When he was young, his family used to go to La Clusaz every year at Christmas. he remembers playing in the snow in front of the chalet, which is at 1300 metres. Now, there is almost never snow at that level. “With climate change, you need to understand it over longer periods of time: temperature changes from year to year is climate variability, not climate change, so you have to watch it over ten or twenty years.

What we see now is the snowfall limit is rising; tomorrow it will be raining at 2600 metres, and this is something that we see more and more. We’ve just had one of the warmest Januarys ever; yesterday was like Spring. Last year, making Shelter, there was a big anticyclone and for four weeks it was super warm: it was 10 degrees Celsius at 2000 metres and we saw wet slide avalanches – this is typically something that happens in April.”

A few days after my interview with Schaer, I meet up with Serge Lambert to speak to him about his involvement in Shelter, his own experiences over fifty years of guiding in the Alps, and his impressions of the riders themselves.

Lambert tells me about the first day when the riders reached the shelter in Nax.

“Late afternoon, the riders came up, and the first thing they did was to go out a little bit further. They rode small lines, jumps, had fun, and when they came back, this was really interesting – they knew; they had already studied the consistency of the snow, checking: is it good snow, is it dangerous? So many riders just go out and ski and snowboard without doing that first, but with these guys, you could see that they were a bit older and very professional: the first thing they did was analyse the snow and the conditions so they could plan what they could do, which is what I do too as a guide. The first thing you do in a new place is you analyse the situation. And these riders, I was happy to have this experience with them, because they really think about what they are doing.”

Serge Lambert. Mountain guide in the Swiss Alps for five decades. Image credit Kate MacLeod.

The wise and experienced rider allows the conditions to shape what they do, and does not impose their own desires on adverse conditions. Always remembering

“Tomorrow is good too. Ride for tomorrow.”

This philosophy – of riding with intelligence, awareness and temperance; of considering the dangers in an environment on the forefront of the climate emergency and ‘riding for tomorrow’, is one that Schaer embodies, not just in terms of snow safety, but in terms of preserving snow for future generations. 

When POW Switzerland was founded in 2017, Schaer became one if its first athlete ambassadors, recognising the power that his platform as a professional athlete gave him as a role model to raise awareness.

“When I joined POW, it was the perfect way for me to communicate more about environmental issues, and to show how I have tried to reconcile my passion with my environmental convictions.”

If you look at the carbon footprint of a pro snowboarder, a huge proportion come from travel. Schaer made reducing his transport emissions his priority and shares this with us in his films. He is asked quite often during his POW’s Hot Planet / Cool Athletes presentations why he doesn’t showcase the other lifestyle changes he has made in order to lower his carbon footprint.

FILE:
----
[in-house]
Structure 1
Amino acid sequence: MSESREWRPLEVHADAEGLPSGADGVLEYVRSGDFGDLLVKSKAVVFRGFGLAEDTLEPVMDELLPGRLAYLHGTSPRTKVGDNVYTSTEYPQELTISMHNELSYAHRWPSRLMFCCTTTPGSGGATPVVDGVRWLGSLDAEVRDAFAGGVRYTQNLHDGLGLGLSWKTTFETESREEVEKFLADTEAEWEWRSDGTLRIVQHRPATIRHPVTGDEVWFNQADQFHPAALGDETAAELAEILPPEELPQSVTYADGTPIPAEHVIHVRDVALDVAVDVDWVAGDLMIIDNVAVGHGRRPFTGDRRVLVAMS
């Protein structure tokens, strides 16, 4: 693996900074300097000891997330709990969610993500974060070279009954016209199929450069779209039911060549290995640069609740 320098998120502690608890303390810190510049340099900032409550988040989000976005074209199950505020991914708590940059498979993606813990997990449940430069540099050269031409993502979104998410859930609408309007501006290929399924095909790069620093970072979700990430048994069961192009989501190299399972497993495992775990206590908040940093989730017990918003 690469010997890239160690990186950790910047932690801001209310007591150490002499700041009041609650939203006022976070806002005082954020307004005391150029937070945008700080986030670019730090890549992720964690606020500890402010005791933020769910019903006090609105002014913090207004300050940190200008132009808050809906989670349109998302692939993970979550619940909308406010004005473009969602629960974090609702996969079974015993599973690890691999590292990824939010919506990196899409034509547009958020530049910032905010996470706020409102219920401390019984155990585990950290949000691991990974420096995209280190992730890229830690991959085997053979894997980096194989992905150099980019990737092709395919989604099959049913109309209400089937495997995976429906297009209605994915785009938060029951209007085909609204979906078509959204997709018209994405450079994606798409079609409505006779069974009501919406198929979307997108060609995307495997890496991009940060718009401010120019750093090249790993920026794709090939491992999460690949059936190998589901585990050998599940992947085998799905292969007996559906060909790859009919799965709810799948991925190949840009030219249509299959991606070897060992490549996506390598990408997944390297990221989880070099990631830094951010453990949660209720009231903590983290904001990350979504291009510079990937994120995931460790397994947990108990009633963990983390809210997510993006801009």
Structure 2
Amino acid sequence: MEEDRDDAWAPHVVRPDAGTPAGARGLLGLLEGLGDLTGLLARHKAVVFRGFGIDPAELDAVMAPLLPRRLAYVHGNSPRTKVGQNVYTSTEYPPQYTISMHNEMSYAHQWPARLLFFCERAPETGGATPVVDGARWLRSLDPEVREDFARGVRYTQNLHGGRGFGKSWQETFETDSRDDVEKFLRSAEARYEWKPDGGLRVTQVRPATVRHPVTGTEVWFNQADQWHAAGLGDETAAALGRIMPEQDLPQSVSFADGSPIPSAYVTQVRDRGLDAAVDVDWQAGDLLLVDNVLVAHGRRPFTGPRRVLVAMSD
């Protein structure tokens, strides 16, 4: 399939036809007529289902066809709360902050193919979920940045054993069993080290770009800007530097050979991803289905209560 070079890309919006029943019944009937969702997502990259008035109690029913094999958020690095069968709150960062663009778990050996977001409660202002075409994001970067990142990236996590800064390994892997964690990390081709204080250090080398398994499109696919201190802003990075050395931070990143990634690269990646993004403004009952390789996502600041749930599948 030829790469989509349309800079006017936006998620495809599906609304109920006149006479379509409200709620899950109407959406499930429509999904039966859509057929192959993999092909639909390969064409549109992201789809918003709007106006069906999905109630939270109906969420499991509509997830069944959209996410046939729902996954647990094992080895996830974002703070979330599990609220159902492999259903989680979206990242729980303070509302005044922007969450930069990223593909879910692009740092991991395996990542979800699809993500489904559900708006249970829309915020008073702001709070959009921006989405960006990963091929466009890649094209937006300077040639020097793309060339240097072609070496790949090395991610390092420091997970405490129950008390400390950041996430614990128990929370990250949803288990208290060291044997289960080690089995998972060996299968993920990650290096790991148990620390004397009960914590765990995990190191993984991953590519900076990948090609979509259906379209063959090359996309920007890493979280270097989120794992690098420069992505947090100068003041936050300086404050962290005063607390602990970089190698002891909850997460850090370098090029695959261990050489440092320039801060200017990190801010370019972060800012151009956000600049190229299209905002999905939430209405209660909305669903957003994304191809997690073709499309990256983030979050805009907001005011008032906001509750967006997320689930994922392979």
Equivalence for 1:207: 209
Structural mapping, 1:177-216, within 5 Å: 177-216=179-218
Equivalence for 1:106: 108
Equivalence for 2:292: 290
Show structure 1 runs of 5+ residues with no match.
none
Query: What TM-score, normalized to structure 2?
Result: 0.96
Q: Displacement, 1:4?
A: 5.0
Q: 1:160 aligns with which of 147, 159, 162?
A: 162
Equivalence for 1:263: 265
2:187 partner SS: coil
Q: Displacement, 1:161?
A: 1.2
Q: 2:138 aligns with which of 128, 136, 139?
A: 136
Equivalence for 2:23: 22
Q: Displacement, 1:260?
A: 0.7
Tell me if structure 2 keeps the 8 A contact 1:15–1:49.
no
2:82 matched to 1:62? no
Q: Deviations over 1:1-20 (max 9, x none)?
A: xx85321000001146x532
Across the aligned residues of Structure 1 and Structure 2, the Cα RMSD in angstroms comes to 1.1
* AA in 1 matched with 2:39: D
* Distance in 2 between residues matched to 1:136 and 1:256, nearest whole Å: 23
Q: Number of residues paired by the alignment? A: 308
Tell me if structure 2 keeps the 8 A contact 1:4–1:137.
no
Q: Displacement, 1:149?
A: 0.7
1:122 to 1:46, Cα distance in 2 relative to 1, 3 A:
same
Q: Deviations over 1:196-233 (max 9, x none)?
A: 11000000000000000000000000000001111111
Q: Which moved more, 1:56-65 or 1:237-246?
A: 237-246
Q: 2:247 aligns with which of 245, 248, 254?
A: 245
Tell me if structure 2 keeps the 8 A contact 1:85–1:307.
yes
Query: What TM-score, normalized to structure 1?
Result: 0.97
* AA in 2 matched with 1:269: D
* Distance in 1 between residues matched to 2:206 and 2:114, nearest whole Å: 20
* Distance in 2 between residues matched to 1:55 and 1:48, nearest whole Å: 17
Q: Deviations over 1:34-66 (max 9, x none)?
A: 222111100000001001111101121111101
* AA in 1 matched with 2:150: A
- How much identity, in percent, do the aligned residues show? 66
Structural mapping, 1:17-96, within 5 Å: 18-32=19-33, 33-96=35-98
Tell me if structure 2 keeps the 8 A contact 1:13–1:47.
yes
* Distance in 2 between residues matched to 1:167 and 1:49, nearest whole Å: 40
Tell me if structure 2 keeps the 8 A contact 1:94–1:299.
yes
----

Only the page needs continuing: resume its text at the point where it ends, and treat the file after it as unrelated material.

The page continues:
He explains that he focuses on illustrating how he can approach his career with a more sustainable mindset.

“Eating mainly vegetarian, buying less, having green electricity…this is more about choices in my personal life; as a pro, what is most relevant is to focus on what is related to snowboarding – transportation is directly linked to what I do, and so I want to show that I can keep doing what I love with a reduced carbon footprint.”

Two magazine covers. The difference is almost three tonnes of carbon dioxide. Image credit Mat Schaer.

He demonstrates this with the aid of one slide, with two magazine covers. The first image, Schaer sending a cliff in Nelson, Canada, in 2011. When he did the sums it showed that shot had a footprint of 3 tonnes of carbon dioxide.

In the second, an incredible photograph of Schaer jumping a glacial crevasse in Arolla, Switzerland, the same calculation shows a carbon footprint of 0.005 tonnes of carbon dioxide.

“It’s almost a factor of 500.”

This demonstrates that changing the approach does not mean sacrificing the end result.  Schaer likes this idea as there are so many parallels and often the results are better in ways you did not imagine before.

We discuss the ‘grass is greener’ mentality that we all have a tendency to fall victim to. Since Schaer stopped flying, he’s found that some of the best and most memorable places he’s ever ridden are right here in his own backyard – the Glacier de Moiry and a couloir in the spectacular Dents du Midi.

He sums up the contradiction – when he was a kid he had always wanted to go to Whistler. Kids in the US and Canada want to go to the European Alps.

“It is possible to fulfil our desires much closer to home.”

The grass is always greener. Standing on top of the world in the European Alps. Image credit Kate MacLeod.

One of the aspects that Schaer has most valued about his work as a POW ambassador is the opportunity it has given to him to have conversations about the climate crisis with many different people. He delights at how solution-focused the discussions are.